Influenza Virus Detection using Glyconanoparticles

Seasonal influenza causes thousands of human deaths each year. However, of particular concern is the threat of a pandemic caused by the influenza virus crossing between animal species. Measures to prevent an influenza virus pandemic involve vaccination and antiviral drugs, the latter ideally administered within 48h of infection. The effective use of antivirals requires rapid and early diagnosis. Current methods for the detection of influenza are time-consuming and require trained analysts and specialised equipment. Our research is aimed at the development of a colorimetric test for the rapid detection and discrimination between human and avian influenza virus based on gold nanoparticles (AuNPs) functionalised with carbohydrate-based ligands (glyconanoparticles). Surfaces of human and avian influenza viruses are covered by carbohydrate receptors haemagglutinin (HA). These receptor proteins are slightly different in human and avian influenza viruses resulting in preferential binding to sialic acid α2,6- and α2,3-galactose sequences, respectively. To date, we have functionalised gold nanoparticles (AuNPs, ca. 16 nm in diameter) with bespoke sialic acid α2,6-galactose-based ligands which show high specificity to  human HA.  In aqueous solution AuNPs exhibit an intense red colour due to their surface plasmon absorption band.  In the presence of a human influenza virus (H3N2), the ligand on the glyconanoparticles binds to the haemagglutinin on the virus inducing the aggregation of the nanoparticles causing the colour change of their solution. The detection of human influenza virus using the designed system was achieved by the naked eye within 30 min. To date, we have developed an influenza test that is simple and quick, and importantly, is able to distinguish between seasonal influenza and animal strains, presenting significant advantages over existing methods of detection. Our bioassay has a competitive advantage over existing methods for the detection of influenza virus since it can simultaneously detect and discriminate between human and avian influenza.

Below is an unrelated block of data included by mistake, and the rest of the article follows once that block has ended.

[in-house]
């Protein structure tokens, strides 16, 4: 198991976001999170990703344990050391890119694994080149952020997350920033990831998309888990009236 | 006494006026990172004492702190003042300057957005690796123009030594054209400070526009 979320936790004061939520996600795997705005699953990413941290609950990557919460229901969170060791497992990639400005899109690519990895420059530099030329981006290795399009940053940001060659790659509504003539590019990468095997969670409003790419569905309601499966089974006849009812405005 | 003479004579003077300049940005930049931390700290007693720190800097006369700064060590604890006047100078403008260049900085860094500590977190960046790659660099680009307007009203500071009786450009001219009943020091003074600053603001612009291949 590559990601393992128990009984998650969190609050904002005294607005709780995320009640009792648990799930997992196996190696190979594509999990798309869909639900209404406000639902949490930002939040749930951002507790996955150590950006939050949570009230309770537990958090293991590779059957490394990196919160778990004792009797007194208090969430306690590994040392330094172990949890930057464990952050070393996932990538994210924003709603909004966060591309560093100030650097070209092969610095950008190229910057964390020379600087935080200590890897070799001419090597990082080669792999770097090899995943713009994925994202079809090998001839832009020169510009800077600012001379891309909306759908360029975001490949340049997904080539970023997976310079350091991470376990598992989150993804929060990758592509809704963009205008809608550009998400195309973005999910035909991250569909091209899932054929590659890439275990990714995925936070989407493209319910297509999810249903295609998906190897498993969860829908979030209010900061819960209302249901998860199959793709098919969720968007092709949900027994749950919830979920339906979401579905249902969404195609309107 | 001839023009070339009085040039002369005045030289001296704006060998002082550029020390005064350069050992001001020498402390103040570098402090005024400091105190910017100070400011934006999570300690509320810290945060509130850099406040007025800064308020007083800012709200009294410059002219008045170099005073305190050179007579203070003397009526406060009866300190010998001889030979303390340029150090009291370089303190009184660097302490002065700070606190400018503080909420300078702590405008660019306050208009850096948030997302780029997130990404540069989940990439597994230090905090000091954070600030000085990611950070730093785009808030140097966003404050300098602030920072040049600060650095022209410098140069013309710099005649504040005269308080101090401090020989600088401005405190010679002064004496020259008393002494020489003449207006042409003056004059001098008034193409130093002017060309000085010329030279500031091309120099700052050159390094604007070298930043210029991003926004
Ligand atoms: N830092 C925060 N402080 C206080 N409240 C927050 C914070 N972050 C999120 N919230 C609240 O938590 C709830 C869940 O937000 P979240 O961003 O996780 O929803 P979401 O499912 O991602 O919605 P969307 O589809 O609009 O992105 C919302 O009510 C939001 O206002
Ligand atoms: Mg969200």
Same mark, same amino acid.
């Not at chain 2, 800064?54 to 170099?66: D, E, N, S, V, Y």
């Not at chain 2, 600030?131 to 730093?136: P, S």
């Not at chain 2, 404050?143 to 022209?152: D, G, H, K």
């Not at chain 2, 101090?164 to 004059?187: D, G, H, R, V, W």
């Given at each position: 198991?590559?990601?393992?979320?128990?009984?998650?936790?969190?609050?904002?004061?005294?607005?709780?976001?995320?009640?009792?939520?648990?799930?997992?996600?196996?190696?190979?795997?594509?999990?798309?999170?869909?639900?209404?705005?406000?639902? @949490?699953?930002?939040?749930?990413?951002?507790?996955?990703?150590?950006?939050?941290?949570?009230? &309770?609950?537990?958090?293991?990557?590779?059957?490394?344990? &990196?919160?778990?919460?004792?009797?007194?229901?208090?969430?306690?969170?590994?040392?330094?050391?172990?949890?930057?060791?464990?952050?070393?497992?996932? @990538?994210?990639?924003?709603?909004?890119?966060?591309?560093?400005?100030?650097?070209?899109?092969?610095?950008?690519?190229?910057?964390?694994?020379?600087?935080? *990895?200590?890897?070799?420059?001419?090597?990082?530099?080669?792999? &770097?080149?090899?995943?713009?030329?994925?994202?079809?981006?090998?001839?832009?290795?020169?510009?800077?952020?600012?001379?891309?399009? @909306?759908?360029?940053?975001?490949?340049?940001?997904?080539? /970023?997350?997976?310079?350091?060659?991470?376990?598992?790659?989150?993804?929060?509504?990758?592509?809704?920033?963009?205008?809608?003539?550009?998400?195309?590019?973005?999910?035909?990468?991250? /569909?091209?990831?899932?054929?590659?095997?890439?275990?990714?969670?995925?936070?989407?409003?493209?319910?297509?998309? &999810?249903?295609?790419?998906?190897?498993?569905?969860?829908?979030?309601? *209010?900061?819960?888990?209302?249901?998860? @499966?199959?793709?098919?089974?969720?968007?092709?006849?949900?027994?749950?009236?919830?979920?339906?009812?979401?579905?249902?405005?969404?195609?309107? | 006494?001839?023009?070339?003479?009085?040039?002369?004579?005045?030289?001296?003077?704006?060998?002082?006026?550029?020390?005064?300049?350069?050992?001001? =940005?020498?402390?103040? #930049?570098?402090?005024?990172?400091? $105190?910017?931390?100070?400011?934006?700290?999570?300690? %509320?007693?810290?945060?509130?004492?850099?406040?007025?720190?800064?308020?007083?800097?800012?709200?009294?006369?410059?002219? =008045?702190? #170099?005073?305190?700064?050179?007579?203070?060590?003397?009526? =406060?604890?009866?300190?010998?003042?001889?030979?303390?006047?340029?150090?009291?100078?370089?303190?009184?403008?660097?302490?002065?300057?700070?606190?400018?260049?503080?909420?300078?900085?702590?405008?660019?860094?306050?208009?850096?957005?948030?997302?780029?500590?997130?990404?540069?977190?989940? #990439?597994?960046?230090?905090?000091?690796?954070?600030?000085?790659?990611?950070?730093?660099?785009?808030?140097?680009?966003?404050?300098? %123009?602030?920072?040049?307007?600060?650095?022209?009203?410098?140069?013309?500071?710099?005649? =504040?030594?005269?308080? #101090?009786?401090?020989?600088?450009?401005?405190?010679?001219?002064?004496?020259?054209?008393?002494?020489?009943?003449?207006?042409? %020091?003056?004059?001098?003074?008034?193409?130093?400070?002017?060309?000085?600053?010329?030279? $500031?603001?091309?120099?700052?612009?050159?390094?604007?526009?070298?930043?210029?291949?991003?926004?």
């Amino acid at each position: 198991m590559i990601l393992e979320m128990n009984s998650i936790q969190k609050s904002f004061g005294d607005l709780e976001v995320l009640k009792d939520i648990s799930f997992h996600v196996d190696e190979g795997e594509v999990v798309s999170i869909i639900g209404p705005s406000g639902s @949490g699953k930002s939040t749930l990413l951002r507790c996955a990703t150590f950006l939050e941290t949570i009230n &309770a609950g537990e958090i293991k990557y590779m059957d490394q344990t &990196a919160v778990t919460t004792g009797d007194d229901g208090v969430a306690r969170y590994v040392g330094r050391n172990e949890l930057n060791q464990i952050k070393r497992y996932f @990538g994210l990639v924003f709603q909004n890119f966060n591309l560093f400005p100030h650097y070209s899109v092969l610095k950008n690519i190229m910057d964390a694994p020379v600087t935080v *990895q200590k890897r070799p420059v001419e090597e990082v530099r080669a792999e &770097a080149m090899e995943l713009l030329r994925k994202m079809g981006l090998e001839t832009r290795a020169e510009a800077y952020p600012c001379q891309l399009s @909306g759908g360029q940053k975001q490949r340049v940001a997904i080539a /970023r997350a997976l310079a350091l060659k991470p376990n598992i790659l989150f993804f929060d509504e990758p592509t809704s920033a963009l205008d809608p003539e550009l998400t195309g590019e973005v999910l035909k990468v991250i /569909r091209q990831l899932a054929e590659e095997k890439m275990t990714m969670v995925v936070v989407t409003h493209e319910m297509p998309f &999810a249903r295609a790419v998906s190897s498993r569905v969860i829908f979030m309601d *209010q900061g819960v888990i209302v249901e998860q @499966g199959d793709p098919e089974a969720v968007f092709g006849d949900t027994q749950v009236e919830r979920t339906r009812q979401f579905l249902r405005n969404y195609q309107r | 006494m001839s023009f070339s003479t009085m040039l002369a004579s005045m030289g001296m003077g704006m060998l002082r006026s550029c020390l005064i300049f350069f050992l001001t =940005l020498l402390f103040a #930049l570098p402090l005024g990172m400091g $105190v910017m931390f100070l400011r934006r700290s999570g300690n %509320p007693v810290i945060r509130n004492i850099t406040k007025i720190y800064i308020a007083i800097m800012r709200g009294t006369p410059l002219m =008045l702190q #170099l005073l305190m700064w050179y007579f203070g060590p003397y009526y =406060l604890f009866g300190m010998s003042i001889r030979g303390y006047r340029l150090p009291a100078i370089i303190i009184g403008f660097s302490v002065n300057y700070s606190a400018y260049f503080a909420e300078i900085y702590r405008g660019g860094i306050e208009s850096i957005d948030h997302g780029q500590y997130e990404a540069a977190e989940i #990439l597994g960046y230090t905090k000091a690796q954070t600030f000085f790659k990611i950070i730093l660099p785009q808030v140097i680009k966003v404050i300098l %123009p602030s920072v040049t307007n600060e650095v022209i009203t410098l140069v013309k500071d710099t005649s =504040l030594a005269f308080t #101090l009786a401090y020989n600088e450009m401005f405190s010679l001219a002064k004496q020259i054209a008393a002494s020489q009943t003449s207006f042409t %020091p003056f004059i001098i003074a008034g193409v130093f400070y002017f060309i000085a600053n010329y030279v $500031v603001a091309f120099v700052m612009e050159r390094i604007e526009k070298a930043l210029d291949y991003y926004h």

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Schematic representation of the aggregation of the glyconanoparticles in the presence of influenza virus. The sialic acid-containing ligand on the surface of gold naonoparticles binds to haemagglutinin (HA) on the surface of the virus inducing aggregation.

The current research, which completes the already developed technology, focuses on the synthesis of glyconanoparticles that provide a positive outcome for avian flu virus detection. More importantly, we are working on the development of the portable product suitable for point-of care.

 

This work is carried out in collaboration with Prof. David Russel and Maria J. Marin from the University of East Anglia (UEA, Norwich). uea-logo

Publications

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Marin, M. J.; Schofield, C. L.; Field, R. A.; Russell, D. A., Glyconanoparticles for colorimetric bioassays. Analyst2015, 140 (1), 59-70.

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Marin, M. J.; Rashid, A.; Rejzek, M.; Fairhurst, S. A.; Wharton, S. A.; Martin, S. R.; McCauley, J. W.; Wileman, T.; Field, R. A.; Russell, D. A., Glyconanoparticles for the plasmonic detection and discrimination between human and avian influenza virus. Org. Biomol. Chem. 2013, 11 (41), 7101-7107.